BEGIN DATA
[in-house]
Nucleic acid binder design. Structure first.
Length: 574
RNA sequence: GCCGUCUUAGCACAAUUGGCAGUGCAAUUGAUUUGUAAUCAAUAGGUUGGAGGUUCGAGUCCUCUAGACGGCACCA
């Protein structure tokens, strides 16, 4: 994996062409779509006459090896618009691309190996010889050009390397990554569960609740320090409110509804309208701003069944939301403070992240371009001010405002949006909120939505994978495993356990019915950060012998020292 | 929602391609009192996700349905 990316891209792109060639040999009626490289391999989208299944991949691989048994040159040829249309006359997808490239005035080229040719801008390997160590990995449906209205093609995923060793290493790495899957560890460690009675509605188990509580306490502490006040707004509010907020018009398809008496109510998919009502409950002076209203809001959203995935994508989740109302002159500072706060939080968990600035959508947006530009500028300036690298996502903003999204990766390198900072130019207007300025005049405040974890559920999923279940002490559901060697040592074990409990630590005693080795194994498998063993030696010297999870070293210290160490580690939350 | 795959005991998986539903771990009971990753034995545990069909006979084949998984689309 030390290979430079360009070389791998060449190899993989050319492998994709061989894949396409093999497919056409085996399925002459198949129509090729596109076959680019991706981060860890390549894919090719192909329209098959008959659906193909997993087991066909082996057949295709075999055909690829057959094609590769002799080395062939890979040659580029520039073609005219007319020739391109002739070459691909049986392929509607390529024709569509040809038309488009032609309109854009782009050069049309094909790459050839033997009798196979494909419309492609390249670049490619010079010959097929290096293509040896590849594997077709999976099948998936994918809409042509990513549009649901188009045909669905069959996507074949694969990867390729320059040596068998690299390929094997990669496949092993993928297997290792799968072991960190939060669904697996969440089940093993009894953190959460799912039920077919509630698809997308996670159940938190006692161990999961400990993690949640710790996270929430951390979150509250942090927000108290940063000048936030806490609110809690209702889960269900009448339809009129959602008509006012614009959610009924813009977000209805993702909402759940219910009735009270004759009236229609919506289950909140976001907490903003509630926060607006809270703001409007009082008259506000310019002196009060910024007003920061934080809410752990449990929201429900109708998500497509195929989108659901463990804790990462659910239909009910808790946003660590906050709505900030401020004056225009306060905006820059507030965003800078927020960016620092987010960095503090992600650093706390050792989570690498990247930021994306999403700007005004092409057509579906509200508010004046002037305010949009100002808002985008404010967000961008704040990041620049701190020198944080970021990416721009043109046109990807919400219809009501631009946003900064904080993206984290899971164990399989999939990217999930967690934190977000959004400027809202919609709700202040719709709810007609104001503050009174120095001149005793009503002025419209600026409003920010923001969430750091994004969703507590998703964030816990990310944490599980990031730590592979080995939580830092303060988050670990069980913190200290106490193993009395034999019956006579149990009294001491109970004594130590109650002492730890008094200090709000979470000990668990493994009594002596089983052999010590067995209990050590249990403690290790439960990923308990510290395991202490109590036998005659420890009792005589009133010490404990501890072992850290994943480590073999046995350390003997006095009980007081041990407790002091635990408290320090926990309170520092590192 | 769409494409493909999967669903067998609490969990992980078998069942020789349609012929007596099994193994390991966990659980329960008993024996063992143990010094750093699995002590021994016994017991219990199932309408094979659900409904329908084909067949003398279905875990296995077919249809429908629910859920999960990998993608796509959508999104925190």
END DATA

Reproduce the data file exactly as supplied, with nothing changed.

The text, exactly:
[in-house]
Nucleic acid binder design. Structure first.
Length: 574
RNA sequence: GCCGUCUUAGCACAAUUGGCAGUGCAAUUGAUUUGUAAUCAAUAGGUUGGAGGUUCGAGUCCUCUAGACGGCACCA
């Protein structure tokens, strides 16, 4: 994996062409779509006459090896618009691309190996010889050009390397990554569960609740320090409110509804309208701003069944939301403070992240371009001010405002949006909120939505994978495993356990019915950060012998020292 | 929602391609009192996700349905 990316891209792109060639040999009626490289391999989208299944991949691989048994040159040829249309006359997808490239005035080229040719801008390997160590990995449906209205093609995923060793290493790495899957560890460690009675509605188990509580306490502490006040707004509010907020018009398809008496109510998919009502409950002076209203809001959203995935994508989740109302002159500072706060939080968990600035959508947006530009500028300036690298996502903003999204990766390198900072130019207007300025005049405040974890559920999923279940002490559901060697040592074990409990630590005693080795194994498998063993030696010297999870070293210290160490580690939350 | 795959005991998986539903771990009971990753034995545990069909006979084949998984689309 030390290979430079360009070389791998060449190899993989050319492998994709061989894949396409093999497919056409085996399925002459198949129509090729596109076959680019991706981060860890390549894919090719192909329209098959008959659906193909997993087991066909082996057949295709075999055909690829057959094609590769002799080395062939890979040659580029520039073609005219007319020739391109002739070459691909049986392929509607390529024709569509040809038309488009032609309109854009782009050069049309094909790459050839033997009798196979494909419309492609390249670049490619010079010959097929290096293509040896590849594997077709999976099948998936994918809409042509990513549009649901188009045909669905069959996507074949694969990867390729320059040596068998690299390929094997990669496949092993993928297997290792799968072991960190939060669904697996969440089940093993009894953190959460799912039920077919509630698809997308996670159940938190006692161990999961400990993690949640710790996270929430951390979150509250942090927000108290940063000048936030806490609110809690209702889960269900009448339809009129959602008509006012614009959610009924813009977000209805993702909402759940219910009735009270004759009236229609919506289950909140976001907490903003509630926060607006809270703001409007009082008259506000310019002196009060910024007003920061934080809410752990449990929201429900109708998500497509195929989108659901463990804790990462659910239909009910808790946003660590906050709505900030401020004056225009306060905006820059507030965003800078927020960016620092987010960095503090992600650093706390050792989570690498990247930021994306999403700007005004092409057509579906509200508010004046002037305010949009100002808002985008404010967000961008704040990041620049701190020198944080970021990416721009043109046109990807919400219809009501631009946003900064904080993206984290899971164990399989999939990217999930967690934190977000959004400027809202919609709700202040719709709810007609104001503050009174120095001149005793009503002025419209600026409003920010923001969430750091994004969703507590998703964030816990990310944490599980990031730590592979080995939580830092303060988050670990069980913190200290106490193993009395034999019956006579149990009294001491109970004594130590109650002492730890008094200090709000979470000990668990493994009594002596089983052999010590067995209990050590249990403690290790439960990923308990510290395991202490109590036998005659420890009792005589009133010490404990501890072992850290994943480590073999046995350390003997006095009980007081041990407790002091635990408290320090926990309170520092590192 | 769409494409493909999967669903067998609490969990992980078998069942020789349609012929007596099994193994390991966990659980329960008993024996063992143990010094750093699995002590021994016994017991219990199932309408094979659900409904329908084909067949003398279905875990296995077919249809429908629910859920999960990998993608796509959508999104925190």